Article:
Sunday, September 03, 2017 by Jayson Veley
It’s hard to believe that anyone would support tyranny over liberty, but sadly, millions of Americans across the country do. For the most part, this embrace of an all-powerful totalitarian state like the one described in George Orwell’s 1984 comes from the progressive left, who are committed to destroying everything from the freedom of speech, to states’ rights, to the right to bear arms. It’s unfortunate that they don’t realize how precious individual liberty really is, and how the type of fundamental transformation that they so desperately want to achieve has failed everywhere it has been tried.
Slowly but surely, the Internet is becoming less free as companies like Facebook and Google look for new ways to combat what they consider to be “hate speech” or “fake news,” even if the actual content is none of those things. Truth be told, the end goal is to suppress conservative voices that do not subscribe to the progressive ideology, and in order to accomplish that, companies must first surrender their dedication and respect for the First Amendment.
Last week, Wired published a story talking about how support for the freedom of speech in Silicon Valley is starting to become nonexistent. “As the CEO of a service with 700 million users, Systrom recognizes that he’s something like the benevolent dictator of a country more than twice the size of the U.S.” the Wired piece said in reference to Instagram CEO Kevin Systrom. “The choices he makes affect the lives of all his users – some of whom are insecure teens, some of whom are well-adjusted adults….”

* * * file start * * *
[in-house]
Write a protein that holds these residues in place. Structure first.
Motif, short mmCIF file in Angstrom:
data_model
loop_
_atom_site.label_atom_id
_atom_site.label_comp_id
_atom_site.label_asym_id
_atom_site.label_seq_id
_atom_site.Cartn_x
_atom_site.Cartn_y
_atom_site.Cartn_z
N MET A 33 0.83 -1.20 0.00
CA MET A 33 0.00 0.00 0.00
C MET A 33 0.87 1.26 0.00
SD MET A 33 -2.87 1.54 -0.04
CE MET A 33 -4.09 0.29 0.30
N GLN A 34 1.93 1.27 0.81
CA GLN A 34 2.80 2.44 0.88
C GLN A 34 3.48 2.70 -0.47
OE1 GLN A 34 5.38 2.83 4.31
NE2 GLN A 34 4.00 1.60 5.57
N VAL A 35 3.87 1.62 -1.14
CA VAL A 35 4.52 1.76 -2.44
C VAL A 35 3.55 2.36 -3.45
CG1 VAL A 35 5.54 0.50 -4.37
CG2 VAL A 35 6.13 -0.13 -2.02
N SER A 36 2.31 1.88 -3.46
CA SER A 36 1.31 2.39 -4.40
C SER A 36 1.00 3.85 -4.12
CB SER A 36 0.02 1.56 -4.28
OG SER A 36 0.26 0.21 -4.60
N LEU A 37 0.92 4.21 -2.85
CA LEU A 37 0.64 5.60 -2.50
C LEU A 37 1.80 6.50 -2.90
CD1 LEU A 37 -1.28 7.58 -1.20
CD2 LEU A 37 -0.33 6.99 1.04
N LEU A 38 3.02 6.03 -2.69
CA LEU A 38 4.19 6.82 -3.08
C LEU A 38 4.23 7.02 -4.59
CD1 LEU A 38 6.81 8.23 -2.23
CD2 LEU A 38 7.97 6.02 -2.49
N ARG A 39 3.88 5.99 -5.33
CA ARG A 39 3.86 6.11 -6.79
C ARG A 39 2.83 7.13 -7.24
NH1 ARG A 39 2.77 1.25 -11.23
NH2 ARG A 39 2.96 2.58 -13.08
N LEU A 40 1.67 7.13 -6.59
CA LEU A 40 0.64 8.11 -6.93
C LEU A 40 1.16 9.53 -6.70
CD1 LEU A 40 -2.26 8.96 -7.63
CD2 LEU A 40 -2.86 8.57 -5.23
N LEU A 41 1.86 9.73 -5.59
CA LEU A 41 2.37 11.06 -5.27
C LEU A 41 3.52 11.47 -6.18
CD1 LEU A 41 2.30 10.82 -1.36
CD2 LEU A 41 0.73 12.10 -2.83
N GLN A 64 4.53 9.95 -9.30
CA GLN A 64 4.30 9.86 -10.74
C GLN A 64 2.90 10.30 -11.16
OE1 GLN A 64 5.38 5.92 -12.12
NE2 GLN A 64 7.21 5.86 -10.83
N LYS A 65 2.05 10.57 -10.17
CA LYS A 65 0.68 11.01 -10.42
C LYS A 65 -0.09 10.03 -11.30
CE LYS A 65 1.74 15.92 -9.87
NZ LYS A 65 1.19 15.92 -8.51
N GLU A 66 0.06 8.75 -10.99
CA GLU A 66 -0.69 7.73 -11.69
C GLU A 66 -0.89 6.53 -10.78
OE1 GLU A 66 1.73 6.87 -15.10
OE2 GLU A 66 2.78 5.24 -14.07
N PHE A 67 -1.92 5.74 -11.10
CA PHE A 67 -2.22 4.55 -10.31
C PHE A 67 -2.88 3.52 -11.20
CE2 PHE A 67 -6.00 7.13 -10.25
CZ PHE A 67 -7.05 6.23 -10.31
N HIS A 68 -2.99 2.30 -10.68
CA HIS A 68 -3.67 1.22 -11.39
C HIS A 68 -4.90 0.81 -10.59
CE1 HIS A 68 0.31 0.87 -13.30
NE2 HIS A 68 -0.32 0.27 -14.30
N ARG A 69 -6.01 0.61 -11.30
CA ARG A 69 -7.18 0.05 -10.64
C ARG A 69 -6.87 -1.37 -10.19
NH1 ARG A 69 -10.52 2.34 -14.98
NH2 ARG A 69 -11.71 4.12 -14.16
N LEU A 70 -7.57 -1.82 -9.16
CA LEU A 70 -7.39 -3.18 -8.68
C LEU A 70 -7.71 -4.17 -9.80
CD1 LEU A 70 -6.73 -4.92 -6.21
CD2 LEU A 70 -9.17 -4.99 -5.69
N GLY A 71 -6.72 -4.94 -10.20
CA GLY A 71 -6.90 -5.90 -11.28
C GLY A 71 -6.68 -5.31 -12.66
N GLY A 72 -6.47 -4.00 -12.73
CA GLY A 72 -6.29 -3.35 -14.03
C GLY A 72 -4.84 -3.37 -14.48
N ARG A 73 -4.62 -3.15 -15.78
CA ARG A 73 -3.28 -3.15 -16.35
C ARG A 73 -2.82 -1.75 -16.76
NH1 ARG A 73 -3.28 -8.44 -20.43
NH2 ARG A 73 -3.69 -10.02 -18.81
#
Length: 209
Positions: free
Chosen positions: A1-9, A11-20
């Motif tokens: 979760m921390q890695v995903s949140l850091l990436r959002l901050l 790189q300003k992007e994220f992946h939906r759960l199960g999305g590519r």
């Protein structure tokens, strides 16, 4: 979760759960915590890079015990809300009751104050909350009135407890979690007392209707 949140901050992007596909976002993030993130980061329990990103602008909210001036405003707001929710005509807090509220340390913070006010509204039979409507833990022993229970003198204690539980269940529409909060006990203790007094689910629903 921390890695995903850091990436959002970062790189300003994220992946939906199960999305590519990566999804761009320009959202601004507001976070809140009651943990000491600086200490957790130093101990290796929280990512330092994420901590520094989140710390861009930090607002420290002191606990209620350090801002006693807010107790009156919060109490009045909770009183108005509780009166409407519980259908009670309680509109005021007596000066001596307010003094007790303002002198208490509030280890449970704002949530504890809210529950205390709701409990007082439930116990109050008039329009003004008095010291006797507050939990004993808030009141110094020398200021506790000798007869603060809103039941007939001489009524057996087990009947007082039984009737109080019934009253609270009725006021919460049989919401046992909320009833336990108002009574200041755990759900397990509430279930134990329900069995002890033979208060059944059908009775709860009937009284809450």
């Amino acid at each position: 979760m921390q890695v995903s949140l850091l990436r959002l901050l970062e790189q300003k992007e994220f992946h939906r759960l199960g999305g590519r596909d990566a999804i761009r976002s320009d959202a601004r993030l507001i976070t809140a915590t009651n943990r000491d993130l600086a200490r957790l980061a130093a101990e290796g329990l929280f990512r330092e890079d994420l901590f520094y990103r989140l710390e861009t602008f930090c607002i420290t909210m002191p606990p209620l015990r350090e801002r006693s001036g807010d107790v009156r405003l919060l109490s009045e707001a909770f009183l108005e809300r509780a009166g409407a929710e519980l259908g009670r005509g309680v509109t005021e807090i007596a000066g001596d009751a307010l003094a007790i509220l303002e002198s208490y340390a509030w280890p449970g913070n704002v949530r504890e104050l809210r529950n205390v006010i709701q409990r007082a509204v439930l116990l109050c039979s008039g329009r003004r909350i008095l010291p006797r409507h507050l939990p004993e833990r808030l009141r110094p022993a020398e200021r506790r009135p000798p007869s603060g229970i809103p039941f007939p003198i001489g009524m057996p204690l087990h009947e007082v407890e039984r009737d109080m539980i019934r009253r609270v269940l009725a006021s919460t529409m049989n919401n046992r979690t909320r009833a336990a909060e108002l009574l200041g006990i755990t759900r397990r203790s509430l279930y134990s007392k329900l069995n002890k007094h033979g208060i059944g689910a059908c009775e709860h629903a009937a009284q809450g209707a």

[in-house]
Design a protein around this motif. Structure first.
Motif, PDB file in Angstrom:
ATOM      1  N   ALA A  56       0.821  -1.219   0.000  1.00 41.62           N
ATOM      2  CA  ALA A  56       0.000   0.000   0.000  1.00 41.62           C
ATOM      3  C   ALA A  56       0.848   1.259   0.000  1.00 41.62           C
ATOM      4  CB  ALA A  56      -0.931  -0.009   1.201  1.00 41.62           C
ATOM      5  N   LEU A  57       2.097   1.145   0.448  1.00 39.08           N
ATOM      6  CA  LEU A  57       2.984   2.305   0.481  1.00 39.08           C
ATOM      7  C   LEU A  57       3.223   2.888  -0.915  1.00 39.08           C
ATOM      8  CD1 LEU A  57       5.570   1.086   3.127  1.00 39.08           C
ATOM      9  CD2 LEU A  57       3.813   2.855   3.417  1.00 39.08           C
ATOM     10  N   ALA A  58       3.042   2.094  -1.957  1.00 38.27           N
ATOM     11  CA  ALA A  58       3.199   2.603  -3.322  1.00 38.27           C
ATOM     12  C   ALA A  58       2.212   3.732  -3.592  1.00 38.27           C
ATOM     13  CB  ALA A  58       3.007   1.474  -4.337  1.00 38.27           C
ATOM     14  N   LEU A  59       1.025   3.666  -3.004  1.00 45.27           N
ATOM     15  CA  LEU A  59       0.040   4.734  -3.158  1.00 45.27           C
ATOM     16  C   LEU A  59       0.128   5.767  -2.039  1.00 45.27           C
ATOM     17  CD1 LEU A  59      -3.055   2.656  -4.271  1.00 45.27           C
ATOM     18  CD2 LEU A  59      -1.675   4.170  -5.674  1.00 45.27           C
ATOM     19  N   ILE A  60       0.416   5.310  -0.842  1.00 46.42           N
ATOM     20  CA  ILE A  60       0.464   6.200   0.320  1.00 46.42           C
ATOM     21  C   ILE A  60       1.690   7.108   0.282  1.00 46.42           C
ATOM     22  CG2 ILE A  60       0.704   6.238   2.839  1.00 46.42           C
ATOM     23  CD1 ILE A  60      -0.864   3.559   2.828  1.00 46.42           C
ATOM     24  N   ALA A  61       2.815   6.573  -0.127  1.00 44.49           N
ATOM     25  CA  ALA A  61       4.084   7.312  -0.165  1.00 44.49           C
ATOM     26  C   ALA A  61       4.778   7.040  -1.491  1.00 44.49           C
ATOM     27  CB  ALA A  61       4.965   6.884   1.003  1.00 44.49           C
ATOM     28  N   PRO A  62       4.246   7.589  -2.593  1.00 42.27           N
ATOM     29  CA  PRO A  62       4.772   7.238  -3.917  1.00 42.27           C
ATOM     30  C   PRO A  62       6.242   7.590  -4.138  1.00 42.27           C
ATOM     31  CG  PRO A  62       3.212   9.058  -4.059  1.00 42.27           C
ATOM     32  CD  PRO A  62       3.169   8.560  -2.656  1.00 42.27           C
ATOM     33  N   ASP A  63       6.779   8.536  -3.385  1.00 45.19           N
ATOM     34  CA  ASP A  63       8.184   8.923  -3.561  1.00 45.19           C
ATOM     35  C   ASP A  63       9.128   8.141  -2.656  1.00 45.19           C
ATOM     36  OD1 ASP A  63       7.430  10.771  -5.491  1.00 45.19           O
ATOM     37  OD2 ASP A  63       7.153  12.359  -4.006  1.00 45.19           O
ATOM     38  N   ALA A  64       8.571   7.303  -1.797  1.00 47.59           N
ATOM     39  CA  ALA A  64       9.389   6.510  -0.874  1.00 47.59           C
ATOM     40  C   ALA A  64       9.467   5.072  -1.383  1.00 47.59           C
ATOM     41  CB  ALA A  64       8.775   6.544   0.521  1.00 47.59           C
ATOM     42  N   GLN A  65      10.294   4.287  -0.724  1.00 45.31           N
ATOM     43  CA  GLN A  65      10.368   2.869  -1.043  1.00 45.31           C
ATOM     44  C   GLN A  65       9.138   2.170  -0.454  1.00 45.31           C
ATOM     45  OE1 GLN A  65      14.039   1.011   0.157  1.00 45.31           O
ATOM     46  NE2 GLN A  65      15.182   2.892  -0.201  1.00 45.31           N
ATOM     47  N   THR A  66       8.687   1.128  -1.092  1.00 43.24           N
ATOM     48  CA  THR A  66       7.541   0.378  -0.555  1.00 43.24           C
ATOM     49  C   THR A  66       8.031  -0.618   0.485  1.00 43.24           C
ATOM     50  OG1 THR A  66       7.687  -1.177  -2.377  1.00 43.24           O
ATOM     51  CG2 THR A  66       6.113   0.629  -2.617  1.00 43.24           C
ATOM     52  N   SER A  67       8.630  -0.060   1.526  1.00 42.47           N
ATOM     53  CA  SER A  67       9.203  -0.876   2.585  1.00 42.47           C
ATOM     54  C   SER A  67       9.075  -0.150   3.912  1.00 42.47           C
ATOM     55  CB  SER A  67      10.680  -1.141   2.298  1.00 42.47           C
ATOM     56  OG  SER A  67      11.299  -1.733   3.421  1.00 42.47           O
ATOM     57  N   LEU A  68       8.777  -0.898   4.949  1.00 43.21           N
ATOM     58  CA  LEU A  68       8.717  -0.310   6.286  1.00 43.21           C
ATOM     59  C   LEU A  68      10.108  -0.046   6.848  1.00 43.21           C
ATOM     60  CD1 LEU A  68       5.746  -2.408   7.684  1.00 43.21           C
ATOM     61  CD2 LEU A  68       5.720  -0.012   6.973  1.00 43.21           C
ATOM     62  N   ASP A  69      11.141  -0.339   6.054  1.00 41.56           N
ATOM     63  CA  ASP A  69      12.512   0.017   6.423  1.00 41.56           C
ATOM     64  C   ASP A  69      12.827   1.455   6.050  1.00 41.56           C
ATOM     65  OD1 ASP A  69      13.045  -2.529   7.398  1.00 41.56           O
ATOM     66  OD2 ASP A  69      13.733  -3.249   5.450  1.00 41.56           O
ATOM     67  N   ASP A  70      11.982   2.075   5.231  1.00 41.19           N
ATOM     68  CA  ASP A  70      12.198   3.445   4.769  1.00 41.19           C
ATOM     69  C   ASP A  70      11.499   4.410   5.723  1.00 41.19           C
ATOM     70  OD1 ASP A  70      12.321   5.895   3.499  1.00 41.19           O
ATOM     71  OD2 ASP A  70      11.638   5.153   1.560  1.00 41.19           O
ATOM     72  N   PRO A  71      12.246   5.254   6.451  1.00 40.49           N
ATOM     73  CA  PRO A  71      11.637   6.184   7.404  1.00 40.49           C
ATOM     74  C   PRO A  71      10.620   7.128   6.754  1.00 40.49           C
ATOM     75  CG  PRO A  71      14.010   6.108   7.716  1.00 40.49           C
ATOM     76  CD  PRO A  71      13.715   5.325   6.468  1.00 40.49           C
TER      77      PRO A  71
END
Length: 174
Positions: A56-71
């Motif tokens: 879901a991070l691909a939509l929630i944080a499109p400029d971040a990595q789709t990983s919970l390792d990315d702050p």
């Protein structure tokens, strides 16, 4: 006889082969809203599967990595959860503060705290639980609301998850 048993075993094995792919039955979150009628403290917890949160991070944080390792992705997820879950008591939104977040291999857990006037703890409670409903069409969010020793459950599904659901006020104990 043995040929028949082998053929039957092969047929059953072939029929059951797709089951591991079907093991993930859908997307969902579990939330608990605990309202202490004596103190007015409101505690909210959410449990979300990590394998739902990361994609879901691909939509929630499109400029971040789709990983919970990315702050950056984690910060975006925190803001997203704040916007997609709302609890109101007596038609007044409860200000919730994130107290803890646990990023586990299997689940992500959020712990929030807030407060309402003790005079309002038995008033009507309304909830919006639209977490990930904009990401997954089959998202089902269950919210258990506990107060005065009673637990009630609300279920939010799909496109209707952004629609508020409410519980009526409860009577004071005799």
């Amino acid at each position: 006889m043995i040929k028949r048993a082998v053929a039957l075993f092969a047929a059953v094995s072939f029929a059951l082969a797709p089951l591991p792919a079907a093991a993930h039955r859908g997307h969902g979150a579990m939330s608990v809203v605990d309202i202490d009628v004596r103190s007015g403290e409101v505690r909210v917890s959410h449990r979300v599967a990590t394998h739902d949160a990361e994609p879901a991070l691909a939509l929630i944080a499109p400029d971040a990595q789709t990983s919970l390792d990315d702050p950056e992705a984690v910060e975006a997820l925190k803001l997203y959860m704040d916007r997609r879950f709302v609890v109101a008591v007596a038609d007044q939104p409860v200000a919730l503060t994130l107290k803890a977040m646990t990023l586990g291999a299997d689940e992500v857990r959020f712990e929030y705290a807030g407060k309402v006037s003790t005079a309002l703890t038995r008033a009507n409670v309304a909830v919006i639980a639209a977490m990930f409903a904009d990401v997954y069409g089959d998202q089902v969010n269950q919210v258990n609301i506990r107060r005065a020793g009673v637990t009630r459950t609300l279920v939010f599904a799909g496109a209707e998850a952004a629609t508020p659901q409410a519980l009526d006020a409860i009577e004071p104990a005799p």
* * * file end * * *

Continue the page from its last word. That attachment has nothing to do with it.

The Wired article went on to explain how respect for the freedom of speech was beginning to diminish in Silicon Valley, and how support for regulation and control was rising in its place: “And so the notion of free speech is shifting at the companies that run the Internet. Facebook had a reckoning after false stories on its News Feed – free speech, in a sense – may have helped elect Donald Trump.”
“To Systrom, it’s pretty simple: Freedom of speech does not mean the freedom to shitpost,” Wired ultimately concluded. “His network isn’t a public square; it’s a platform people can choose to use or not.”
Indeed, the evidence that Internet-based companies are beginning to lose respect for the freedom of speech is overwhelming to say the least. Just last year, for example, the social media website Facebook found itself at the center of a nationwide controversy regarding the censorship of conservatives news on their platform. Several former Facebook employees allegedly told the tech site Gizmodo.com that the social network routinely modifies its algorithms to suppress news that would be of interest to right-leaning individuals. (Related: Portland mayor wants to label all opinions he doesn’t agree with as “hate speech”.)
Google has also hopped on the anti-free speech bandwagon in recent months, even going so far as to create an AI system that is capable of detecting and potentially burying what it considers to be “toxic” comments, which of course could mean just about anything that is not necessarily politically correct or left of center. The Google-owned video sharing website YouTube has also established similar regulatory systems.
If you know history and understand the thought process that went into the creation of this country, then you understand that not just the freedom of speech, but really every right listed in the Constitution, was included to protect the people from the threat of tyranny. Free speech is not just some words written on a dated document; it is a gift that is unique to the western world, and a safeguard against the rise of an authoritarian regime. Needless to say, that is not something that any of us should ever take for granted.